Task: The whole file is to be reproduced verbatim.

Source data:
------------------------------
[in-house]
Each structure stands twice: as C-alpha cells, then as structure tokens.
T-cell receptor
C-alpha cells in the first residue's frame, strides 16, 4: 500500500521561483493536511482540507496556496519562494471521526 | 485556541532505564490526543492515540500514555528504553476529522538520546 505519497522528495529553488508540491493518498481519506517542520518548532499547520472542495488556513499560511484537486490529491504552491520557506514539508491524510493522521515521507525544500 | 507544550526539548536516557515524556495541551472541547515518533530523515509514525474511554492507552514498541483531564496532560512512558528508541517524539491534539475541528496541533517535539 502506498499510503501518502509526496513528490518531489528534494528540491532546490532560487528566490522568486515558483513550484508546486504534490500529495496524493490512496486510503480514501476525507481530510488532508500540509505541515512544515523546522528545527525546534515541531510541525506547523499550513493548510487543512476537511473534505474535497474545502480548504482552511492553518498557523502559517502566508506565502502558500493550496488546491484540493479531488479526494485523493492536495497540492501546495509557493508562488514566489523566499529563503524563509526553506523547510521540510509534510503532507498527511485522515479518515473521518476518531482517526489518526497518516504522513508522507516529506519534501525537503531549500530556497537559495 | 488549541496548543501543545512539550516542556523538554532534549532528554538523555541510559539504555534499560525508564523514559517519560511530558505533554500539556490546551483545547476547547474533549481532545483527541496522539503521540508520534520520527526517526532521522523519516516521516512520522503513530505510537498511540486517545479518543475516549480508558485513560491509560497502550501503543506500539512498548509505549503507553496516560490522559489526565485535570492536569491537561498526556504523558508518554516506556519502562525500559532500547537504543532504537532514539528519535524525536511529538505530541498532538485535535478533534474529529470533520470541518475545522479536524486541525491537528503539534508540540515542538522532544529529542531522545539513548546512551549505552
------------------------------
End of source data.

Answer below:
[in-house]
Each structure stands twice: as C-alpha cells, then as structure tokens.
T-cell receptor
C-alpha cells in the first residue's frame, strides 16, 4: 500500500521561483493536511482540507496556496519562494471521526 | 485556541532505564490526543492515540500514555528504553476529522538520546 505519497522528495529553488508540491493518498481519506517542520518548532499547520472542495488556513499560511484537486490529491504552491520557506514539508491524510493522521515521507525544500 | 507544550526539548536516557515524556495541551472541547515518533530523515509514525474511554492507552514498541483531564496532560512512558528508541517524539491534539475541528496541533517535539 502506498499510503501518502509526496513528490518531489528534494528540491532546490532560487528566490522568486515558483513550484508546486504534490500529495496524493490512496486510503480514501476525507481530510488532508500540509505541515512544515523546522528545527525546534515541531510541525506547523499550513493548510487543512476537511473534505474535497474545502480548504482552511492553518498557523502559517502566508506565502502558500493550496488546491484540493479531488479526494485523493492536495497540492501546495509557493508562488514566489523566499529563503524563509526553506523547510521540510509534510503532507498527511485522515479518515473521518476518531482517526489518526497518516504522513508522507516529506519534501525537503531549500530556497537559495 | 488549541496548543501543545512539550516542556523538554532534549532528554538523555541510559539504555534499560525508564523514559517519560511530558505533554500539556490546551483545547476547547474533549481532545483527541496522539503521540508520534520520527526517526532521522523519516516521516512520522503513530505510537498511540486517545479518543475516549480508558485513560491509560497502550501503543506500539512498548509505549503507553496516560490522559489526565485535570492536569491537561498526556504523558508518554516506556519502562525500559532500547537504543532504537532514539528519535524525536511529538505530541498532538485535535478533534474529529470533520470541518475545522479536524486541525491537528503539534508540540515542538522532544529529542531522545539513548546512551549505552